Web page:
By Leonard Doyle
“Nearly a billion people rely on migration as the best way to increase their personal liberty and to improve health, education, and economic outcomes for their families. If the right policies are put in place, there is clear evidence that states can magnify these positive outcomes, while also generating significant financial and social gains for countries of origin and destination.”
That, in a nutshell, is what Peter Sutherland, the Special Representative of the UN Secretary-General for Migration says is at stake in October of this year, when for only the second time in its history, the UN General Assembly will focus on international migration. If it is to succeed, Sutherland says, the summit must generate action on how to reduce the economic and human costs of migration. It also must determine how states and other stakeholders can deepen their cooperation in solving migration-related problems—“all while avoiding the political axe-grinding typical of most migration debates.”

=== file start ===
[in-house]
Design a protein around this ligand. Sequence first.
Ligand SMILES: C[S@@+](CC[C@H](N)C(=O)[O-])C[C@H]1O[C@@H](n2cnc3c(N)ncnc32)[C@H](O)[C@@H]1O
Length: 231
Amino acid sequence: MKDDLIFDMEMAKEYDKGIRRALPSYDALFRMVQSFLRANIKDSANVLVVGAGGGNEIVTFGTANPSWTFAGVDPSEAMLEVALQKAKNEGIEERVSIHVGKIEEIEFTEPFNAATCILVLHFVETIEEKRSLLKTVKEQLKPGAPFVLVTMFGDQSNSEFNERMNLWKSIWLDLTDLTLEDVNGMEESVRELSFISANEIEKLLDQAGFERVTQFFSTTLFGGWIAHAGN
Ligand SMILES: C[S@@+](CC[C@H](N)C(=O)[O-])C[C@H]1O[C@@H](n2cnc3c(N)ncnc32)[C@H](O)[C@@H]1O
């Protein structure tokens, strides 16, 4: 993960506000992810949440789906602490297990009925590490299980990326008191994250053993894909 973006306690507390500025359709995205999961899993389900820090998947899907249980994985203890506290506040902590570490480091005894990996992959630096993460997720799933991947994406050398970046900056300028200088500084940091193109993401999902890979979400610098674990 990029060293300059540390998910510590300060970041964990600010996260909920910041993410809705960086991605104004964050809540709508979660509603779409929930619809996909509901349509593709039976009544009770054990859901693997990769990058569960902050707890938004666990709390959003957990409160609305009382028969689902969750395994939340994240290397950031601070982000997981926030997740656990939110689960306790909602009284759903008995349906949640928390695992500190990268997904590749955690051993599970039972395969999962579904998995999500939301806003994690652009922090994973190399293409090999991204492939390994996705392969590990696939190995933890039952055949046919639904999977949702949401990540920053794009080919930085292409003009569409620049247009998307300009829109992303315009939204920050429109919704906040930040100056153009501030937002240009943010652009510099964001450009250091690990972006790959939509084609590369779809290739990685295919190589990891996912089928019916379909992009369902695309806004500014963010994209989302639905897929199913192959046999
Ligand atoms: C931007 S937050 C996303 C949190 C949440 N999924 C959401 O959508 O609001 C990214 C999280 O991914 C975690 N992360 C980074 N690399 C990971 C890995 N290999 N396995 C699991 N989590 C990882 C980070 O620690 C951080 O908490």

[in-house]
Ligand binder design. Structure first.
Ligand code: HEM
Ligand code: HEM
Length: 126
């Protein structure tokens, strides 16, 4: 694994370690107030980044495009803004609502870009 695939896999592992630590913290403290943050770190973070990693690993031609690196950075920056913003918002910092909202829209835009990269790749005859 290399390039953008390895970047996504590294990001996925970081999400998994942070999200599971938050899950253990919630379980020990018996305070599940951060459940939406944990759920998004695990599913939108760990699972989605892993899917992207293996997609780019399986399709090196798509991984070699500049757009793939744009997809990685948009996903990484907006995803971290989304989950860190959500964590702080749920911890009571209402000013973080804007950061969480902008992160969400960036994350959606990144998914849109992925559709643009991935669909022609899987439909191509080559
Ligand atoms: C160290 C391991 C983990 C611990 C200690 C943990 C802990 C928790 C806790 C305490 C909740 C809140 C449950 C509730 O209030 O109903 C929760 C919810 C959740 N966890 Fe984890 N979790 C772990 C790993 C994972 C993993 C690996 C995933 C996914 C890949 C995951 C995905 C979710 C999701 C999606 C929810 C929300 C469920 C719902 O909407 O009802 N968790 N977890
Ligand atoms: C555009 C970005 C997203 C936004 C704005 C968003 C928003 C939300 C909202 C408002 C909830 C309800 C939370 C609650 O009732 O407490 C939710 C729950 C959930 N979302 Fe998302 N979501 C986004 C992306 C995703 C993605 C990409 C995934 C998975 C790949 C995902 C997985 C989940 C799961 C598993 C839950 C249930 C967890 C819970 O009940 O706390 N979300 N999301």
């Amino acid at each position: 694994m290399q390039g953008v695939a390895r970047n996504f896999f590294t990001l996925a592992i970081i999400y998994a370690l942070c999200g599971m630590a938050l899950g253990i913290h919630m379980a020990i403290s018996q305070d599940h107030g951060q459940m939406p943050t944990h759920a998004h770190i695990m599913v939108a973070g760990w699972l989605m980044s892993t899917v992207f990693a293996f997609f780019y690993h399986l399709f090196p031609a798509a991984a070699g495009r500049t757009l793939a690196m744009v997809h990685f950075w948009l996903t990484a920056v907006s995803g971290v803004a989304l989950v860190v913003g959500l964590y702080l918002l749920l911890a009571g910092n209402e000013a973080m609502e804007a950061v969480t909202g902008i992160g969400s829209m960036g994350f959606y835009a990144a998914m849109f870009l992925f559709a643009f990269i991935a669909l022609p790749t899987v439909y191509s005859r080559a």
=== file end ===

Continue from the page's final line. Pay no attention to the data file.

These are nuanced words from a seasoned public figure and they reward careful reading. As Sutherland points out in his article in the just published Migration Policy and Practice for June 2013, migration is one of the hot button issue of international diplomacy.
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